“When we look at what can fly—insects, birds, bats and airplanes—bats have the most degrees of freedom,” Mueller says. They are able to rapidly change direction and speed without significantly compromising function. Several species of birds and many types of insects approach bat-like levels of dexterity, but only bats use echolocation to determine their flight path.

Sound of Sonar

Though sound-based range finding and imaging instruments came into use in the early 1900s, bats evolved the ability to use sonar millions of years ago. From a technological standpoint, says biosonar researcher Laura Kloepper, our tools only approximate what bats can do, but we still haven’t been able to build anything as small and powerful as those that exist in nature.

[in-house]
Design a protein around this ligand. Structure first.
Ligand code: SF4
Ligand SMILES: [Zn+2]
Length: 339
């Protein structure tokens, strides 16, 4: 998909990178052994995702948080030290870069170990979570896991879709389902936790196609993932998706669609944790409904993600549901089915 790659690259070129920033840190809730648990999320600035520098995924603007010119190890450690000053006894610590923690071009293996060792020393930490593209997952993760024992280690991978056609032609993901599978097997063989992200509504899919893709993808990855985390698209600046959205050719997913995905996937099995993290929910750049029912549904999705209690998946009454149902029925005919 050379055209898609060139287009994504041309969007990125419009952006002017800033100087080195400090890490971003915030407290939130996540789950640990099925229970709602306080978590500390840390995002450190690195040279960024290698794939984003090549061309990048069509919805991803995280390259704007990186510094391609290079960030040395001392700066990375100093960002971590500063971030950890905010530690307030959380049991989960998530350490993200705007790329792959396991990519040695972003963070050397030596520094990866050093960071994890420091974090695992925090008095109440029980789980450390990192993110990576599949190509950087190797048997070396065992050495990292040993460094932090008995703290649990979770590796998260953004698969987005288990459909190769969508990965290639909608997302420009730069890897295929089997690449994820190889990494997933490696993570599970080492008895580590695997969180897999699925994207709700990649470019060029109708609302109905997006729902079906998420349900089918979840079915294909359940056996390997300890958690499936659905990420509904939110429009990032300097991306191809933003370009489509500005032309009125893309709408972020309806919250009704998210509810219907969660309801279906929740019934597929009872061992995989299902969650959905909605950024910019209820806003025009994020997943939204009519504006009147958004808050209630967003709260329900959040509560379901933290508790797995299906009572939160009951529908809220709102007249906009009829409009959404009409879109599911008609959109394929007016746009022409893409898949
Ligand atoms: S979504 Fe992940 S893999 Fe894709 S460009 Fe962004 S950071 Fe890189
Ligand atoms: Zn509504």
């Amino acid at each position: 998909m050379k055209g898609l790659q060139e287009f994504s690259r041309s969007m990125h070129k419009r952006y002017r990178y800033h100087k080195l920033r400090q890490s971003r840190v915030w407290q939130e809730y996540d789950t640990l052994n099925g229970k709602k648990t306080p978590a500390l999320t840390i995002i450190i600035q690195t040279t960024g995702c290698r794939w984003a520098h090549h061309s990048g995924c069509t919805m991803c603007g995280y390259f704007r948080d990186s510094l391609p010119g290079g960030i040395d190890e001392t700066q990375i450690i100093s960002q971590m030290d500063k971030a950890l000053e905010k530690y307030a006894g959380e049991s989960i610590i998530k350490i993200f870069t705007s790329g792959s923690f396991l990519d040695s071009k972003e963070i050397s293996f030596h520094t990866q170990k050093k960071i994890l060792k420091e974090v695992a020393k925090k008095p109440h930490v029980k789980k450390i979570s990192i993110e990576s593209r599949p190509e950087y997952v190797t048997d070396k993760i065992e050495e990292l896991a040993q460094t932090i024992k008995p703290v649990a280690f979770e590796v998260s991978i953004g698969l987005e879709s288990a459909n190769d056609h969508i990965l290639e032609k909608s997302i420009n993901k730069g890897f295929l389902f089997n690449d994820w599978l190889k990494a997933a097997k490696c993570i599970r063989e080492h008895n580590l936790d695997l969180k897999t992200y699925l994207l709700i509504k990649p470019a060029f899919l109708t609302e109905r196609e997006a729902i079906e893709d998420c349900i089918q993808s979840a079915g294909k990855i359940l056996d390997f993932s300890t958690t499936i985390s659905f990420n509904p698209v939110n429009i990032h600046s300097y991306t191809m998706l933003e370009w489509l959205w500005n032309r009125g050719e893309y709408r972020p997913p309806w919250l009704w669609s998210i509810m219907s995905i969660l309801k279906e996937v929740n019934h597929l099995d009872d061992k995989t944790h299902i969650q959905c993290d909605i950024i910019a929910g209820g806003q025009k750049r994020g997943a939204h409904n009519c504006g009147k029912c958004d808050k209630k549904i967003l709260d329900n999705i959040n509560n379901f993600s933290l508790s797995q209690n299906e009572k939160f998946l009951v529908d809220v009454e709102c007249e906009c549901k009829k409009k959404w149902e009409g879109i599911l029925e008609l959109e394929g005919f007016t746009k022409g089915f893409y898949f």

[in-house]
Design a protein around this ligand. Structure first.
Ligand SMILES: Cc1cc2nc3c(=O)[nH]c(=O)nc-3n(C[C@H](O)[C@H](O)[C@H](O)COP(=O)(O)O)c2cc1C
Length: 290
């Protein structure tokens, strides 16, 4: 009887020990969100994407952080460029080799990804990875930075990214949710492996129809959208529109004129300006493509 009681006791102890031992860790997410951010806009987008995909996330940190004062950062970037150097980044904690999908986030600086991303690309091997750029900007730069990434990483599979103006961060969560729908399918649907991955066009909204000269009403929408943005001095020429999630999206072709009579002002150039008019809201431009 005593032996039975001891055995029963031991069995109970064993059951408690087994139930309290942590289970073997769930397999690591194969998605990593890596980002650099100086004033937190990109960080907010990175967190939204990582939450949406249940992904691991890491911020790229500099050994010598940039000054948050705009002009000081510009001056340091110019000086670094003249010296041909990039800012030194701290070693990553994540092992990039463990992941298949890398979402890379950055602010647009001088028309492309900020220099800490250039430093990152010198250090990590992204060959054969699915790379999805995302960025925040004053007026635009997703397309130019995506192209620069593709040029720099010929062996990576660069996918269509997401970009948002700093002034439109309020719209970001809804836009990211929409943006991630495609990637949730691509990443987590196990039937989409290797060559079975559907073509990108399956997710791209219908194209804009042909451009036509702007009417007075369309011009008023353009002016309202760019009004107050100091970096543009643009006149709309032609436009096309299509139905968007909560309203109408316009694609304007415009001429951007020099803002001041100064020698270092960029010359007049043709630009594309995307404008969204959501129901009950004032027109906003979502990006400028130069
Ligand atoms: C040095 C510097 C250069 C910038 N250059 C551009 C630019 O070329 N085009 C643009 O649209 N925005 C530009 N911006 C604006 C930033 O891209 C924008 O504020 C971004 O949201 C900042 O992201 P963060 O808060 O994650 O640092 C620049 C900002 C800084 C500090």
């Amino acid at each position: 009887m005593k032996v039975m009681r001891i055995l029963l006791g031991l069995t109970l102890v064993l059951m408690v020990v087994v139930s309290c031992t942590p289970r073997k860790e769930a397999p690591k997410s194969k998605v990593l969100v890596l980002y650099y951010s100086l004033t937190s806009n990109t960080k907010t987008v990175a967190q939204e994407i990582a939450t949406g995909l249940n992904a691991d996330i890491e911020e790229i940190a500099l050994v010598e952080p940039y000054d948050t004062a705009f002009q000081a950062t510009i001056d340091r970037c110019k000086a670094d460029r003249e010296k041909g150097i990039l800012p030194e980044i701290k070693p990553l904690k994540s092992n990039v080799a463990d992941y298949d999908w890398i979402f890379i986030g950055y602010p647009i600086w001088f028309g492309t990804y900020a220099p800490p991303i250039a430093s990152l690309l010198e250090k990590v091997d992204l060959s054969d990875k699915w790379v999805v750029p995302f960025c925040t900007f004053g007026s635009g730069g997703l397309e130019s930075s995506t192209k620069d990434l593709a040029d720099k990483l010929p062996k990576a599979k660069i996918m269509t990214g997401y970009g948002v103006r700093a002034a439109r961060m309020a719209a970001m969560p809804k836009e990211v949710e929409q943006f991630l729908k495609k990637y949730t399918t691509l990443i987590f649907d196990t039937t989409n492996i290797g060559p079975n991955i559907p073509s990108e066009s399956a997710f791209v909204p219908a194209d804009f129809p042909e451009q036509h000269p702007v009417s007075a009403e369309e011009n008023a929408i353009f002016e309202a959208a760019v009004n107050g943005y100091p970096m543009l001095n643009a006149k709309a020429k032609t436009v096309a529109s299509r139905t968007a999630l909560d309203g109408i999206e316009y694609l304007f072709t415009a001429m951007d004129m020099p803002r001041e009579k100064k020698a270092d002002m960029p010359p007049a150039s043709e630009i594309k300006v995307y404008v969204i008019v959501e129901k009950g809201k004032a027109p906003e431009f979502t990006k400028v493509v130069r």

Practically speaking, sonar is a very simple tactic, says Kloepper, an assistant professor of biology at St. Mary’s College in Notre Dame, Indiana. Send a sound wave out, then adjust your trajectory based on the sound that bounces back to you. The engineering challenge lies in understanding how bats process and use that information so well.

“Bats defy what we can do with our technology,” Kloepper says. “Their mouth, the emitter, is tiny, but they can tell objects apart with incredible resolution. We can’t quite explain why yet.”

Using drones, a camera on a zip line and even a hawk fitted with a recording device, Kloepper records swarming bats to understand how individuals emit and receive their own signals amid thousands of others. Her work could help self-driving cars better discern their own signals from a noisy world.